[Susan Vaught] John Christopher’s Tripod series. The first book in the series was The White Mountains. I remember falling deeply into that world, into the struggles of those characters. I believe it was the first set of books I read where kids were in real jeopardy, and made a difference.

[Manga Maniac Cafe]  What do you like to do when you aren’t writing?

[Susan Vaught] When I’m not writing, I’m usually working. My day job is at an inpatient psychiatric hospital. I also help tend the many birds and animals on our farm. What I’d like to do—ha. Be at the beach!

[Manga Maniac Cafe]   How can readers connect with you?

[Susan Vaught] Through my website, at www.susanvaught.com . I enjoy hearing from my readers!

[Manga Maniac Cafe]  Thank you!

You can purchase Freaks Like Us from your favorite bookseller or by clicking the widget below.

Review: Shift by Kim Curran

Title:  Shift (Strange Chemistry)

Author:  Kim Curran

Publisher:

Shift (Strange Chemistry) DIGITAL

May Contain Spoilers

From Amazon:

When your average, 16-year old loser, Scott Tyler, meets the beautiful and mysterious Aubrey Jones, he learns he’s not so average after all. He’s a ‘Shifter’. And that means he has the power to undo any decision he’s ever made. At first, he thinks the power to shift is pretty cool. But as his world starts to unravel around him he realises that each time he uses his power, it has consequences; terrible unforeseen consequences. Shifting is going to get him killed. In a world where everything can change with a thought, Scott has to decide where he stands.


Review:

When I discovered that Angry Robot Books would be launching a YA imprint, I was excited to check out the Strange Chemistry line.  Every book under this imprint looks good.  I don’t think there can ever be enough books released with fantasy or sci-fi elements, so I was eager to start digging into the launch titles for Strange Chemistry.    First up for me is Shift; I found this one intriguing because protagonist Scott learns that he is a Shifter, and that he can undo decisions he’s made if they turn out to be bad ones.  It’s like having a non-expiring do-over card, except for those occasional unpleasant consequences.   Yes, you knew there would be consequences for using a power that cool, and after seeing the heartbreaking handiwork of one of his Shifts, he decides that maybe it’s not such a great ability after all.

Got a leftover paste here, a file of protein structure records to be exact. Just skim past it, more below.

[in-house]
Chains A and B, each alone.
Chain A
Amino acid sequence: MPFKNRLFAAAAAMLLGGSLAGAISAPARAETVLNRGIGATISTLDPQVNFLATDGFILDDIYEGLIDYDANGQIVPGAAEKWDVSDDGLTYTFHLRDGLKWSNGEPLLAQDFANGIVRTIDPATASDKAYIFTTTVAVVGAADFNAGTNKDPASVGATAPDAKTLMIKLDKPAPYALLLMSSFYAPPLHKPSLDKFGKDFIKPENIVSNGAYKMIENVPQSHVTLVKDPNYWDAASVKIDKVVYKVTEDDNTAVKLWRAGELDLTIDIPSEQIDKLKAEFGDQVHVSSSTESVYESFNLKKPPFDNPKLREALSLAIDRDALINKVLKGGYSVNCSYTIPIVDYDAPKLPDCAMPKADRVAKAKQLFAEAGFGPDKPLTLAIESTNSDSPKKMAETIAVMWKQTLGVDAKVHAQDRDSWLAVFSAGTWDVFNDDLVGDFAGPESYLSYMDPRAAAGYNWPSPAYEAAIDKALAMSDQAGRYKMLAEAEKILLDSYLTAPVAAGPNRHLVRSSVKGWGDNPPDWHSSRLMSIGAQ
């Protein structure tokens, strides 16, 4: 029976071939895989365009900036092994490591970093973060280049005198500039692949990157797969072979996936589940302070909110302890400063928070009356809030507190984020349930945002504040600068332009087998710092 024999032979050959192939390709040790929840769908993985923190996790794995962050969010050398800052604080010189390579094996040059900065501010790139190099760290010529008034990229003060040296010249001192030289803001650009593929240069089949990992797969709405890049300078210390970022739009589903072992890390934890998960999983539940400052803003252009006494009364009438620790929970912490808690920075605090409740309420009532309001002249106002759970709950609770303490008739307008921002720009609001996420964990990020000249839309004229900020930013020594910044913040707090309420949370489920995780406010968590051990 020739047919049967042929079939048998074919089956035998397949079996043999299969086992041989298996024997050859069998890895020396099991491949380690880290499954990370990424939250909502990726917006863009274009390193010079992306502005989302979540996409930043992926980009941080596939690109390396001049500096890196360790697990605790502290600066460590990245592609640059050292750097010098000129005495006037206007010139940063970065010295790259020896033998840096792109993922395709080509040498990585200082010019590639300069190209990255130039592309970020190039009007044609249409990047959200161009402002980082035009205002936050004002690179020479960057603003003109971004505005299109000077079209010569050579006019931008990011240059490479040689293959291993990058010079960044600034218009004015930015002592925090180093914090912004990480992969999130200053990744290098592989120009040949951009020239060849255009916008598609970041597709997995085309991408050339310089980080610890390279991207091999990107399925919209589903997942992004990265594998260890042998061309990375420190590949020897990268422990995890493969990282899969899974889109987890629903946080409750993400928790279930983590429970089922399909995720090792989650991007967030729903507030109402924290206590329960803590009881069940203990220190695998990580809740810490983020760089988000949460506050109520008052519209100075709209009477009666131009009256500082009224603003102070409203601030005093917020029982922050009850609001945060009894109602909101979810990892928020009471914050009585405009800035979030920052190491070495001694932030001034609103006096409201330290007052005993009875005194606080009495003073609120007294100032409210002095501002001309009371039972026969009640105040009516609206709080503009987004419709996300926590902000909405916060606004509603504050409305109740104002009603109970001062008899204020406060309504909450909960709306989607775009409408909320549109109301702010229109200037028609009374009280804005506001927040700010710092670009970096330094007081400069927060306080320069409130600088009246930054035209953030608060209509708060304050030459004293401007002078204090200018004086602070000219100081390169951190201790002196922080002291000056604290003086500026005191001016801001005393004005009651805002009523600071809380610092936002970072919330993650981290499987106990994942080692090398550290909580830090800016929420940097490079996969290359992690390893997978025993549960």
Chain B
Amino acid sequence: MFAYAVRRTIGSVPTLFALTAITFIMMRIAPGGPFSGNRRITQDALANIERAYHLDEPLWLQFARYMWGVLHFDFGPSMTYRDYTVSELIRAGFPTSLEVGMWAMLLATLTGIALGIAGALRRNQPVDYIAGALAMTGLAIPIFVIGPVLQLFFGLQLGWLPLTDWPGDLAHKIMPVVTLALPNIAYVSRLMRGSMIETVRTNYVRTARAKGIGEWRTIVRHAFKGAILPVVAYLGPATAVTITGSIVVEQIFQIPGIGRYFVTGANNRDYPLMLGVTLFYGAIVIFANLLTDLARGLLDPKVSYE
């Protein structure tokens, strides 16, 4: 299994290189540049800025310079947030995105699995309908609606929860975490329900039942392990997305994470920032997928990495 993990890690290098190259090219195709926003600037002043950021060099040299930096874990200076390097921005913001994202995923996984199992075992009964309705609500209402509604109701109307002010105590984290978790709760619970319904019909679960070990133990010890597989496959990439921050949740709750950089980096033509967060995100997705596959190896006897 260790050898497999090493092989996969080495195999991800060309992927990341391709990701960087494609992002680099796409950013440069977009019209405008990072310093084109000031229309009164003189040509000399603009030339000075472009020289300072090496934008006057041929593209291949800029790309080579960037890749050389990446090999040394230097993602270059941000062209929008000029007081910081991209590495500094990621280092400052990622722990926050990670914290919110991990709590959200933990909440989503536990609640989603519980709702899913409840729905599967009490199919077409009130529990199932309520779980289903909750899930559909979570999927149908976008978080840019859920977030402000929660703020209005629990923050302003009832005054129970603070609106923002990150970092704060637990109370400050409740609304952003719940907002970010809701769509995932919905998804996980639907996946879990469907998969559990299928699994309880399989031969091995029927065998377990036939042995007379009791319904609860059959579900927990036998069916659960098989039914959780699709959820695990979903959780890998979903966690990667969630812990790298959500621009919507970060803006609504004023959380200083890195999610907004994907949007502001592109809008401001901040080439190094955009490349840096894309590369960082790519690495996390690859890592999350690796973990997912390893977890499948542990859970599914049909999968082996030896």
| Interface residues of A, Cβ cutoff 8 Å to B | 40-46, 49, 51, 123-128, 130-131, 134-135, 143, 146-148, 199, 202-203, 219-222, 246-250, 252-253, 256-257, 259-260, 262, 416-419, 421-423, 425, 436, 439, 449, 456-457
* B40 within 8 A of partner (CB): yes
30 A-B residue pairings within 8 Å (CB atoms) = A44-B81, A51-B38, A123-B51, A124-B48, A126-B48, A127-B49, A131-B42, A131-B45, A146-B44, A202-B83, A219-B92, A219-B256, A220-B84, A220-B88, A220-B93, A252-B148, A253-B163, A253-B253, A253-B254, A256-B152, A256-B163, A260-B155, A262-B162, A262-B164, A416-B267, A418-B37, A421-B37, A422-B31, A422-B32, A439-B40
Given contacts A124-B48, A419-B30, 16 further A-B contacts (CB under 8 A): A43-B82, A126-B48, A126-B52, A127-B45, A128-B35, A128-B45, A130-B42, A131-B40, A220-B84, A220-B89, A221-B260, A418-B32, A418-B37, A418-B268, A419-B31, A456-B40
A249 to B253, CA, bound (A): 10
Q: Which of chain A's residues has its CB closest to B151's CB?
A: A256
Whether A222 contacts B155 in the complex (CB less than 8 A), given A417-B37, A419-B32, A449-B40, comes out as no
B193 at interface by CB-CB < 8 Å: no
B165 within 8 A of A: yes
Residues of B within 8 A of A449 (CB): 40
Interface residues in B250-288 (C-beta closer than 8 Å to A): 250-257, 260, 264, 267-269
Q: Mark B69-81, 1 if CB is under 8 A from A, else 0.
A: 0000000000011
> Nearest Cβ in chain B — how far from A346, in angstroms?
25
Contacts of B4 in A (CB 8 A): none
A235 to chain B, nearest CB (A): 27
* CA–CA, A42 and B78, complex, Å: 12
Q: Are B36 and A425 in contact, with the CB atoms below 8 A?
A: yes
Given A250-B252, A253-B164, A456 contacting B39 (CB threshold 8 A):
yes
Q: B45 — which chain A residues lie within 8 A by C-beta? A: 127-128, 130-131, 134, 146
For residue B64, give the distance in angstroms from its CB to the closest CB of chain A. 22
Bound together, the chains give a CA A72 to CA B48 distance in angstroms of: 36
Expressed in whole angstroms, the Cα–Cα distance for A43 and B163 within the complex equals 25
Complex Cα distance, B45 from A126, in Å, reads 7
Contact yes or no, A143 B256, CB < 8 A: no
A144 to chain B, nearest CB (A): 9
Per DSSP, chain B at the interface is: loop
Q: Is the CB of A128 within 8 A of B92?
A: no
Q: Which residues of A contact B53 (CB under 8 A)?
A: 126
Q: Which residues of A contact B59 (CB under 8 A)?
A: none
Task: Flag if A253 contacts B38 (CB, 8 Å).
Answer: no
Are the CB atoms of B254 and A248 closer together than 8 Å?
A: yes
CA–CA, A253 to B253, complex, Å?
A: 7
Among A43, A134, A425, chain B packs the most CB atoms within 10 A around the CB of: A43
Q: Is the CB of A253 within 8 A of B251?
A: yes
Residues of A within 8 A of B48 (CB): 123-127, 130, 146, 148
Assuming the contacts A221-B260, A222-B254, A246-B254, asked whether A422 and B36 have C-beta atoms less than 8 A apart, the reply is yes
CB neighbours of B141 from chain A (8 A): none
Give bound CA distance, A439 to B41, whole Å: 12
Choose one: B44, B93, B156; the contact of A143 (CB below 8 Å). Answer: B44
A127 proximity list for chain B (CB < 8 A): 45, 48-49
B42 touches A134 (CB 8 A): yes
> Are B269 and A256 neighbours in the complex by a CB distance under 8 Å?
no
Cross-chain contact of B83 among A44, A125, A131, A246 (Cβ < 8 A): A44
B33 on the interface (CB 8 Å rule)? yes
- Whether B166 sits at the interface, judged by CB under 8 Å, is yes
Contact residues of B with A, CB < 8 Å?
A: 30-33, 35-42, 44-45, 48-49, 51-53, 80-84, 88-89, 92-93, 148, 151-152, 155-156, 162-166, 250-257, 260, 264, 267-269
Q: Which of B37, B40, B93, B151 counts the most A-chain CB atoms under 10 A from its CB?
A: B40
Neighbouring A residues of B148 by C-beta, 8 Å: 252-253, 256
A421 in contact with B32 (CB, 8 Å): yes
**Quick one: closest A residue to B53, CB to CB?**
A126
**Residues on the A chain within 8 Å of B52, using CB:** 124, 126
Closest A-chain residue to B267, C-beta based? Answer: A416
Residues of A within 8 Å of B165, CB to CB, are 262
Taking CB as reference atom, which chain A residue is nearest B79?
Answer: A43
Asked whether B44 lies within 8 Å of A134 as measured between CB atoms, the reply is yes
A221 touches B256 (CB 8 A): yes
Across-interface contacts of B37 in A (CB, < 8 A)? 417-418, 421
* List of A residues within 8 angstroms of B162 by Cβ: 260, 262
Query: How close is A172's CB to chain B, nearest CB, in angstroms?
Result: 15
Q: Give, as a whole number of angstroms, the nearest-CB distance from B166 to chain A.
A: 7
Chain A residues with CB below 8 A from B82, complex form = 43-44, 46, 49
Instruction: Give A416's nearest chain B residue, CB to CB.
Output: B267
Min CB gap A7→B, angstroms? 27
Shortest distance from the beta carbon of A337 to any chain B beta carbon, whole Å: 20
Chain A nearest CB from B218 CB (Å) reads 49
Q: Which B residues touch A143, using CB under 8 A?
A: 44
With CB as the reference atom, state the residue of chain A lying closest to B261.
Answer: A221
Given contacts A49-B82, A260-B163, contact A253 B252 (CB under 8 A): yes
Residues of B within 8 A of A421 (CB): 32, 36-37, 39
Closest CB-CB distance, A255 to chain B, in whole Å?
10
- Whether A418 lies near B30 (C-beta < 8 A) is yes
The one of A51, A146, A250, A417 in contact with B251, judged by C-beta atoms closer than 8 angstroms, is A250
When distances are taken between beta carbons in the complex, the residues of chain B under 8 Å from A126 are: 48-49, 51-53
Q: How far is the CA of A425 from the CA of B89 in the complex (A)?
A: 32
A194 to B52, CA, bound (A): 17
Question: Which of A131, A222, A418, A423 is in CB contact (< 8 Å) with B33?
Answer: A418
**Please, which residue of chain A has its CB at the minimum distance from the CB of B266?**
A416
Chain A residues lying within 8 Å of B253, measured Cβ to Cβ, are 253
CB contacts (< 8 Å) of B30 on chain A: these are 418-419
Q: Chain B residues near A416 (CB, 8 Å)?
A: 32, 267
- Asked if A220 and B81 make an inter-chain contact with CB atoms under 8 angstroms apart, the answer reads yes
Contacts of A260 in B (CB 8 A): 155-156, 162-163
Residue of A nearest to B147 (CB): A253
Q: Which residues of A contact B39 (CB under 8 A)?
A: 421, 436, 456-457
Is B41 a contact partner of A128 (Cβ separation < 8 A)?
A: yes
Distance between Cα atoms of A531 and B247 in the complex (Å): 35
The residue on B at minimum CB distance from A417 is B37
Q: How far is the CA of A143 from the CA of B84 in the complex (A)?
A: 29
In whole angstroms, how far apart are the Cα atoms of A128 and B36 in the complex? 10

I thought the pacing for Shift was great.  I powered quickly through this book, and once I got a few chapters in, I didn’t want to put it down.  I wanted to learn more about Scott’s ability and the world he lived in.  This is a great blend of super-hero comic with equal parts futuristic thriller and murder mystery tossed in for good measure.  There were even a few pages that completely freaked me out and got my heart pounding in fear as Scott got himself into some horrific and scary situations.  For a kid who has no idea what he’s doing, he sure manages to get himself into so much trouble!  Life-threatening trouble, too!  I still can’t believe that he made it to the last page relatively unscathed.  That just proves that luck is just as important as mondo-powerful supernatural abilities.

Scott discovers that he has the power to undo decisions he’s made quite by accident.  He is showing off in front of a bunch of his classmates, and his uncharacteristic flash of bravado is just about to get him killed.  Until he wishes with everything he has that he hadn’t decided to act like a moron.  He’s never been cool, and he never will be cool, even if he completes the dare, so he wonders why he even bothered.  Being a pancake after falling from a utility pole just doesn’t seem worth it.  He regrets that he wanted to impress a pretty girl he’s never seen before, and now it looks like it’s going to be the death of him. 

I loved Scott.  He’s self-depreciating, and once he started getting over himself, he is a fun character.  Thrown into circumstances far beyond his control, he finally starts coming into his own.  As he begins to understand the consequences of  both doing and un-doing his decisions, he begins to accept some the less favorable choices he’s made.  He can no longer blame others for his poor judgment, and that helps to give him the kick in the pants he needs to start growing up.  People can live or die by his actions, and there is no blaming anyone else when he messes up.  Instead, he has to put on his big-boy pants and fix the chaos he’s caused.  He needs to risk himself to save his friends from the harm he has caused them, and this time, a simple shift isn’t going to cut it.  For a big nerd, Scott’s take charge attitude impressed me, and his determined charge to the end of the book kept me completely engaged in the story.